Last night was the first performance. My fabulous DH took me out to dinner at Rosie McCann’s, a local Irish pub for bangers and mash and a half pint of Bass. The half pint of Bass came way before the bangers and mash. I really should have waited to drink the ale, but I was thirsty. I hoped the beer would mellow me out some and loosen up the phlegm in my throat. It did both those things, but also made me a little tipsy.

I wasn’t tipsy by the time I got to the warm up room, but I was definitely a little worried on the way there. I won’t make that mistake again. It seemed like a good idea at the time. And in truth, really didn’t do anything other than make me worry differently about messing up in the performance, like I didn’t have enough senarios going about that already!

Anyway, I arrive, the choir is up on stage working on different sections of the pieces they’re singing and generally getting warmed up. I am taken, with the other soloists, to the “warm-up room.” It’s mostly a dusty, musty smelling room that has a great echo. The soprano who came over with me headed in to the bathroom and proceeded to warm up there. I don’t think she knew just how loud the echo from the bathroom was. I was across the hall, through two closed doors and could hear her clearly. Sopranos warming up are scary. Impossibly high pitches being screetched out at full volume. There’s a point to that. She wants to sing higher than she’ll have to sing in the performance so that those notes will float easily out.

I’m glad I’m not a soprano. Now, don’t get me wrong, I love this soprano’s voice; it’s just the warm ups that are hard to take. So I started my own warm-ups. I attempted to sing some of the more difficult passages and discovered that I had no sense of the key, so stopped torturing myself and just sang a bunch of notes, up high, down low, weird modulations because I could. It was fun to be in an echo-y room where I’m supposed to noodle around with my voice.

Choir members start showing up. It’s such a lovely, warm experience to be wanted. There are many people in this choir who I sang with almost 15 years ago. Most of them remember me, the ones that do have gone out their way to welcome me back and to ask over and over again if I’m coming back to sing with the choir or just to do this solo gig. I’m coming back. I had intended to audition to join the choir, and instead ended up with the solo gig for this concert.

The music is glorious. Many people in the audience that I know. More than I expected.

I’m up, I’m singing. The solo choir starts out together and then the soprano comes in with a line by herself and I’m to follow. She’s so beautiful that I completely lose my thought and while I come in on time, I come in under pitch. It’s not bad, but it’s off enough that the director gives me the pitch finger (it’s the index finger pointing to heaven). Ah well, I finish the line on key, and don’t let it bother me that I was under pitch. This is actually a much bigger deal than it sounds. Normally, when I mess up, my brain freezes as I try to figure out what happened and how to never let that happen again, and as it’s processing, the rest of me is attempting to continue to sing, but am now completely lost because I’m not all there. I didn’t do that. I simply noted it and went on, getting better as I went.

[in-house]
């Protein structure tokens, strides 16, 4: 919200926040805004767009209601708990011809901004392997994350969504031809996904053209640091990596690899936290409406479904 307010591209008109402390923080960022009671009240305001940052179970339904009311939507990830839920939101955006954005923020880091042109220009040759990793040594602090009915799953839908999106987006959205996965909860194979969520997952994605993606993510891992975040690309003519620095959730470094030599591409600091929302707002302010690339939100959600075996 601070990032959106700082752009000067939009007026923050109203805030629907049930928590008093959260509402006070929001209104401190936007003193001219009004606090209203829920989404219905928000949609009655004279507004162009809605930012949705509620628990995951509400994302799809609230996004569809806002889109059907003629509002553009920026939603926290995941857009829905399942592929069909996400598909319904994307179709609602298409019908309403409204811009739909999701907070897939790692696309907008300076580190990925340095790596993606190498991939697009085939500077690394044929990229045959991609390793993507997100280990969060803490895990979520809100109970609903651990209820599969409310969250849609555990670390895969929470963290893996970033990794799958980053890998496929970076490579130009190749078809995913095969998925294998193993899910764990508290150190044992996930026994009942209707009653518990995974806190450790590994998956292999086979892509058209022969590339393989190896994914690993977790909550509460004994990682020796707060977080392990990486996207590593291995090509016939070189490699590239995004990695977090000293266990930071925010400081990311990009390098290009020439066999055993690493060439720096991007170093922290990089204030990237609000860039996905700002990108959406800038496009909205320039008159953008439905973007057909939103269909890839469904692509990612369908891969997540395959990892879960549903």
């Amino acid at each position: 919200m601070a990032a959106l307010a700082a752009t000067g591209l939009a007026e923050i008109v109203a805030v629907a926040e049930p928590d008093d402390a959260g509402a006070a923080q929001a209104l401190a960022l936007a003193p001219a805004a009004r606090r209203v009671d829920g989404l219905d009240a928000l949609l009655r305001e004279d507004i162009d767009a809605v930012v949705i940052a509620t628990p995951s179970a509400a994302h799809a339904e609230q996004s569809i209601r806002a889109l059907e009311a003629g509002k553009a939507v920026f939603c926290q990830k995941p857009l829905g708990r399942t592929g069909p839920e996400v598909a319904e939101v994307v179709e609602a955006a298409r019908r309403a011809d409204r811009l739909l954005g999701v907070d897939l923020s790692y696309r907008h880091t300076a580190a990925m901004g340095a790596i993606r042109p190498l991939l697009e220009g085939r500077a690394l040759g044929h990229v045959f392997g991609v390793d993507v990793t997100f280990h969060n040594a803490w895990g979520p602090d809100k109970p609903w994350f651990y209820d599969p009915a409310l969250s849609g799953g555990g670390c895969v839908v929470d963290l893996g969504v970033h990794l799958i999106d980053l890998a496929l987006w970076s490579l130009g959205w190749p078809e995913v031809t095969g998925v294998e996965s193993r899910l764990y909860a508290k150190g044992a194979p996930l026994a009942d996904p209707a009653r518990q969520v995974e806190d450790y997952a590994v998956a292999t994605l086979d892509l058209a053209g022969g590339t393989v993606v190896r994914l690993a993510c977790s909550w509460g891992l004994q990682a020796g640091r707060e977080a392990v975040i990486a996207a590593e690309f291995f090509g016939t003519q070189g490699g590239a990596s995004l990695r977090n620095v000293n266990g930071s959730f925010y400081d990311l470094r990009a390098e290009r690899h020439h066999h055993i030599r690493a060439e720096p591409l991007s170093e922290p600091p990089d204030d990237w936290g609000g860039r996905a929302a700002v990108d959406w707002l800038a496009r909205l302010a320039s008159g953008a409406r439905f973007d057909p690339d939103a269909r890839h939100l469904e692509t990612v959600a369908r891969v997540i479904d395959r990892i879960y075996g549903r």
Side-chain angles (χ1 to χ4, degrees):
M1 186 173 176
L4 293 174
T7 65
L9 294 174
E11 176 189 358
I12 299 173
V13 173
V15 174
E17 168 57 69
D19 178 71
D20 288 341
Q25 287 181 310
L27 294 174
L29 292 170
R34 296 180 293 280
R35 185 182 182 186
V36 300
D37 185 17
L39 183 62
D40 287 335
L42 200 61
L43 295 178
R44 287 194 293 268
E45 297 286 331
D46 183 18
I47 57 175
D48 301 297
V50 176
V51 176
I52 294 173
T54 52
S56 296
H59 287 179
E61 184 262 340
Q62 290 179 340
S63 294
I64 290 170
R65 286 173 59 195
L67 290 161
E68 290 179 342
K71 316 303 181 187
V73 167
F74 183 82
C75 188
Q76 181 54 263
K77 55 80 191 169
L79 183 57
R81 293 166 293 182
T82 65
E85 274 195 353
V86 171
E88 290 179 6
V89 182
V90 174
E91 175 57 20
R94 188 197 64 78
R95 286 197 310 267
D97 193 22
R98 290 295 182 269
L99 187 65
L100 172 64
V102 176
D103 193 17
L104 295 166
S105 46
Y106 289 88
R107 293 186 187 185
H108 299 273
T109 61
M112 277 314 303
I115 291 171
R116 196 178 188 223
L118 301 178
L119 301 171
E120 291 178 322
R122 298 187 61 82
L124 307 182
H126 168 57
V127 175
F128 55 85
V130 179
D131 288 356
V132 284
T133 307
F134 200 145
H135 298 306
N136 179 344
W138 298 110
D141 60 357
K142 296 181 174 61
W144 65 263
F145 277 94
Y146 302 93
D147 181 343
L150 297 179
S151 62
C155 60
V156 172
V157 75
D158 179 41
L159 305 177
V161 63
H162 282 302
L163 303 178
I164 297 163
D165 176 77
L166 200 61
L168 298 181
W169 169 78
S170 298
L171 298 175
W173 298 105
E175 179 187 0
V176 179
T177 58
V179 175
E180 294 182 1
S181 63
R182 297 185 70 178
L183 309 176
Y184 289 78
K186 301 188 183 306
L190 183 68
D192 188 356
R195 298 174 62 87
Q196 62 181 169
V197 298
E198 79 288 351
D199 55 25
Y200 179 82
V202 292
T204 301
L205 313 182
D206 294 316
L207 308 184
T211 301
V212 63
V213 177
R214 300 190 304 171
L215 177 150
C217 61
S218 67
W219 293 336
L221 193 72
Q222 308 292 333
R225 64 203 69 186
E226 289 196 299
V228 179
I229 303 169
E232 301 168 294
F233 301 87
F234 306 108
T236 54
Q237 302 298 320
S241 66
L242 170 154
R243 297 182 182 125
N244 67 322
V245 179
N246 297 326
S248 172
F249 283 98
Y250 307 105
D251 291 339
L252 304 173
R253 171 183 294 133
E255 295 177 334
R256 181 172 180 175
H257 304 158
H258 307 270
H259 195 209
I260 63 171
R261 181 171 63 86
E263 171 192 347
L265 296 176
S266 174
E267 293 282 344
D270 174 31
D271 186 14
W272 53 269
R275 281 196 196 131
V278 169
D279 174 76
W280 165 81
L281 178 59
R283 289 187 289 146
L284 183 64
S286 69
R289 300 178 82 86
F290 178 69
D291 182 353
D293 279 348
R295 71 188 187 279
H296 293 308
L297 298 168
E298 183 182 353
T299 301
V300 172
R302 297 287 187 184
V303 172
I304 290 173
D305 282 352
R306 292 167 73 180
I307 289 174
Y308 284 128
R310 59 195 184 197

I’m not sure what the difference was, but I am glad of it. The rest of the music went off without a hitch. There was a section in the second piece I sing where I noticed that I was pronouncing a German word completely wrong. Again, instead of panicking, I just kept singing and yet managed to note what went wrong so that I can fix it for this afternoon.

The two pieces I sing in are in the first half, so I sat in the audience with DH for the second half. This choir is GOOD. I’m excited to be making music with them. We’re singing the Mozart Requiem for the next concert. I’ve sung it before. I’m not sure which choir I sang it with. And this strikes me as funny. I just went to look in the box of tapes of concert recordings I’ve participated in. I can’t find the Mozart Requiem. And because I decided two years ago that I was never singing classical music again, I gave away all of my old music, figuring I’d never need it again. I *think* there was a copy of Mozart’s Requiem in there. But now I’m not sure. I checked out YouTube to listen to the Requiem to see if it sounded familiar. It does, but that could just because it’s a famous choral work and I’ve heard it more than once. Who knows, maybe I’ve sung classical, choral music for over twenty years and never performed the Mozart Requiem, but it seems unlikely.

This post feels like it’s spluttering to an end. I want to take a quick nap before heading off to my second performance. My brain is fuzzy from the cold, my nose hurts from blowing it so much today. In spite of all that, this concert will be glorious. Maybe because of all that. Who knows. What I do know is that the moment I step on that stage the rest of the world will drop away and there will be nothing but the music and the conductor and the musicians. It has always been that way for me when I sing. It’s an incredible place to visit.

Do you have a place like that? Where time drops away? There is no future or past, only the present? I love to hear about those places of yours. I know that this also happens to me when I’m quilting. Time just stops.